If a response is defensive, confrontational, or otherwise aggressive

  • Use kindness, ask how you might help.

The quality of communication in an organization comes down to the quality of the individuals’ communication within it.

Introduce yourself yourself, describe the issue or change clearly, and make it easy for the other person to reproduce.

Outcomes

  • Set an example which others will follow
  • Feel involved in decision making

Have Self-Compassion.

Challenge

  • Even if you define personal goals, establish routines, and do meaningful work.

You can do your best to define personal goals, establish routine, and do meaningful work that feels productive, but this does not always mean that you finish the day and feel that you were successful. This is where self-compassiond and mindfulness4 are important, as they have been shown to have positive impact on mental health and well-being.3 Self-compassion can broadly be defined as being mindful and forgiving to yourself.16 Having self-compassion means looking back on the experience of a day, and not egging yourself for everything that was not perfect. It is just a given that every day will not feel productive. You might try new routines that do not work for you. Instead of thinking negatively, you might consider that establishing your routine, or figuring out a hard problem, is a work in progress, and there is no real state of failure because you wake up and try again. I have found that it helps to try to imagine myself as another person. If someone else approached me with the same experiences and negative thoughts, how would I comfort them? It is very likely that I would react with compassion, and that is the same compassion that I must find for myself. If the source of criticism comes from an external source, although you cannot control other people, you can choose to respond thoughtfully, with kindness, and try to find humor in the situation. However, obviously if someone is in violation of some code of conduct, you should report it, and not absorb it quietly. Thus, self-compassion also means knowing when to stand up for yourself and say something. This advice is especially pertinent for women and other minorities in the work force who might experience subtle inequality or microaggressions.e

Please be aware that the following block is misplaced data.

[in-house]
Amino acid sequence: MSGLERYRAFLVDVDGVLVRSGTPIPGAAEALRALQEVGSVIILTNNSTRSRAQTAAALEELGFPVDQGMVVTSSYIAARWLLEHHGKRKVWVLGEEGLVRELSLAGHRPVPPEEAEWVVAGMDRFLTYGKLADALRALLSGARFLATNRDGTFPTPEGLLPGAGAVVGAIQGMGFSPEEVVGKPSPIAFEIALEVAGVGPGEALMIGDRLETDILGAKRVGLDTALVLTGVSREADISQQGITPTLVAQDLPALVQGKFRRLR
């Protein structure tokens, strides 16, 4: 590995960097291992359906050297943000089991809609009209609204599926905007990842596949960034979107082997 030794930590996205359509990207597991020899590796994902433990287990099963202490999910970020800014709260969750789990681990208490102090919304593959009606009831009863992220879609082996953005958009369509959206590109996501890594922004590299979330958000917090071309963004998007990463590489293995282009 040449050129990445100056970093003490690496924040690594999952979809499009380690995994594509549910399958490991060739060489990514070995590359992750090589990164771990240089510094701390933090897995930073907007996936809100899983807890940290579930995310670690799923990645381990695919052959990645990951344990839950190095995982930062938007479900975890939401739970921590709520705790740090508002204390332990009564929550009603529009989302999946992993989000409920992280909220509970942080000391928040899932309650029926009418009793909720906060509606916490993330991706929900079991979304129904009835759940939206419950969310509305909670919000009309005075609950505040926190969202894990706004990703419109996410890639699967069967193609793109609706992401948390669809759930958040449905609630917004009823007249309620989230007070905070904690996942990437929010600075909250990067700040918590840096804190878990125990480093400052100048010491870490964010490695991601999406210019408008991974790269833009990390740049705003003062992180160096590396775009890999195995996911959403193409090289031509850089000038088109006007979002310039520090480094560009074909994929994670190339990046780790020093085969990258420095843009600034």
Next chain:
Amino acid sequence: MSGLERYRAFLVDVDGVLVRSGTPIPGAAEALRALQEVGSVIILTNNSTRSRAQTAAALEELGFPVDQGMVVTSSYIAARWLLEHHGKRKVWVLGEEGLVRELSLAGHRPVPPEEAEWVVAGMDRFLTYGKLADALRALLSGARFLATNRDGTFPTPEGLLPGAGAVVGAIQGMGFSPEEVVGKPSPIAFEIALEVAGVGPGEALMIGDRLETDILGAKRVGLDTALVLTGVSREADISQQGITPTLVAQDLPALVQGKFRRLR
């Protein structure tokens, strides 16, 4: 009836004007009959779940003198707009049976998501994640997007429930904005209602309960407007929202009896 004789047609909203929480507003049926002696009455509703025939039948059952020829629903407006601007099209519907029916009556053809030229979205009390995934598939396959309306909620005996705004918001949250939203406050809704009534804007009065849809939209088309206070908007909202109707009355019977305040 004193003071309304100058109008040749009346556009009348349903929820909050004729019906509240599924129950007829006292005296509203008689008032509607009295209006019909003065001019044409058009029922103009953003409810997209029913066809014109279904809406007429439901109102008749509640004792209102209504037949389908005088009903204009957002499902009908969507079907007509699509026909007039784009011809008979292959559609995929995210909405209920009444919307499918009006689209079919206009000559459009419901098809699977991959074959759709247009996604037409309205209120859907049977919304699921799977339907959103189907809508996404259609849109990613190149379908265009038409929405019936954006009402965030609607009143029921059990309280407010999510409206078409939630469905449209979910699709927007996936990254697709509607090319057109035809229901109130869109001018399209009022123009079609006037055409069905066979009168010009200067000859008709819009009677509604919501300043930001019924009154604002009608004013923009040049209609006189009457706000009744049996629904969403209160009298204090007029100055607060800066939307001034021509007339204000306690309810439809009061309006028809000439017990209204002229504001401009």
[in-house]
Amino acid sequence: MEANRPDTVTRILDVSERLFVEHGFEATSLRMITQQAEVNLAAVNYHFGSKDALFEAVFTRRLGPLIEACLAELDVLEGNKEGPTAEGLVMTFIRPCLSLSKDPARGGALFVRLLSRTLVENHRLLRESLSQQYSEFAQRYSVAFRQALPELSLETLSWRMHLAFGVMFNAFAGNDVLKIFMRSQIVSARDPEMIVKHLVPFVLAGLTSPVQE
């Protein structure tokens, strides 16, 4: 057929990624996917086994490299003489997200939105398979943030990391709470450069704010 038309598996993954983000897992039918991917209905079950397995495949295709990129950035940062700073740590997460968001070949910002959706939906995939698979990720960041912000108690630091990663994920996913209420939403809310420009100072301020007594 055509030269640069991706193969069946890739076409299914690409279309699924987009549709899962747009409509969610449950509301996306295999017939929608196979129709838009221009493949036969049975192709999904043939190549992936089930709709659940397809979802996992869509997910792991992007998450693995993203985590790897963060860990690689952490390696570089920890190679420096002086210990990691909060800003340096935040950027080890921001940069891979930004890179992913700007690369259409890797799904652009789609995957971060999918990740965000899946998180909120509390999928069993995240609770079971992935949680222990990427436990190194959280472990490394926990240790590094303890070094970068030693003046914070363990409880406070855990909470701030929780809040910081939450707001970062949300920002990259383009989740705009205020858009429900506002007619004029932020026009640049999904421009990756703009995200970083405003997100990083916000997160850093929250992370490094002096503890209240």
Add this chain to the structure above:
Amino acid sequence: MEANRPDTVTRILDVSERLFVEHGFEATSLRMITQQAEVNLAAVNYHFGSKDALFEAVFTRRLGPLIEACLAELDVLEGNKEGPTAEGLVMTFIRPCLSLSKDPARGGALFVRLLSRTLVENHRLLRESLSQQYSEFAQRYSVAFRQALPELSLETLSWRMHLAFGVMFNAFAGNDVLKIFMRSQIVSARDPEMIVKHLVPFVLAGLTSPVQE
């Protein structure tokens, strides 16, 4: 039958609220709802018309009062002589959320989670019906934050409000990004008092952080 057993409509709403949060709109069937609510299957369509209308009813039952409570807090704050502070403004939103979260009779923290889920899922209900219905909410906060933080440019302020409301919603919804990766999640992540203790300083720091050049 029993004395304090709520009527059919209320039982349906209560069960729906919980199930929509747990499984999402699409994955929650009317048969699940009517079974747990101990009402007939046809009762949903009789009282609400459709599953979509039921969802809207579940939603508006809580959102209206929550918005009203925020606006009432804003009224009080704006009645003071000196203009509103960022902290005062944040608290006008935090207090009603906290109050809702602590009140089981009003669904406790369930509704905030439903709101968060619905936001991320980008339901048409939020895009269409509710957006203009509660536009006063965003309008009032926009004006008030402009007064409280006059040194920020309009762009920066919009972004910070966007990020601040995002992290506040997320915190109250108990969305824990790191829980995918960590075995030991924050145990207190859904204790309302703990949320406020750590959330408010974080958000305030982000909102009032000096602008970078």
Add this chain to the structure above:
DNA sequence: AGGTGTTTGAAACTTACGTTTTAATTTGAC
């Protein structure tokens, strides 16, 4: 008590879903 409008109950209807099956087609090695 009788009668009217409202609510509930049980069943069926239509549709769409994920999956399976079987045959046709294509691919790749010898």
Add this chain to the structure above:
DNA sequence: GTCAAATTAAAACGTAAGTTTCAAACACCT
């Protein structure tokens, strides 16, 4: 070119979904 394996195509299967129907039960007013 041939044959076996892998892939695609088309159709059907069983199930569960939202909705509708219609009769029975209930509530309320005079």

Learn to Say Yes, No, and Not Anymore. As a software engineer, engaging with projects can be akin to going to a candy store. Each one offers a rich set of problems to work on, people to work with, and new languages or technologies to learn. You might be someone who very easily says “yes” to contributing to a project, or generally providing help.10 While this is a really great way to grow as a developer and person, there is also a time to say no: when you do not have the bandwidth, do not share the vision of the project, or otherwise have a gut feeling telling you to do so.13 It is also okay to say “yes” but then scope your contribution to an amount that you have time for. Finally, what if you originally say “yes” and then change your mind? This is okay too. To maximize your productivity, maintaining awareness about what is on your plate, and when it is time to ramp up or taper down engagement is essential for focusing on the projects that are most valuable and important to you or your community.18 Choose Correct Communication Channels. When working remotely, there are many ways to communicate with others. In that people have different working environments and schedules, ideally the communication is asynchronous, meaning that you use messaging services like Slack, or issue boards on version control services like GitHub.f However, you should be careful to choose the method based on the needs of the communication.g Discussion that should be open and linked to code would be better on GitHub issues or Gitterh than Slack. A discussion that moves into a document might first do really well using a collaborative document tool like Google Docs, but after some hardening you might want to move it into version control. Sometimes a quick call is more efficient than trying to write out a verbose email.1 The important detail is that, whether you choose a video call, an email, or a Slack message, your choice of channel is appropriate for the needs of the problem that needs to be discussed, the degree to which the communication should be transparent and open, and your own level of comfort.23,29 If you are less comfortable with video or voice chat, you might section off specific time slots or days for it to make it a predictable part of your routine.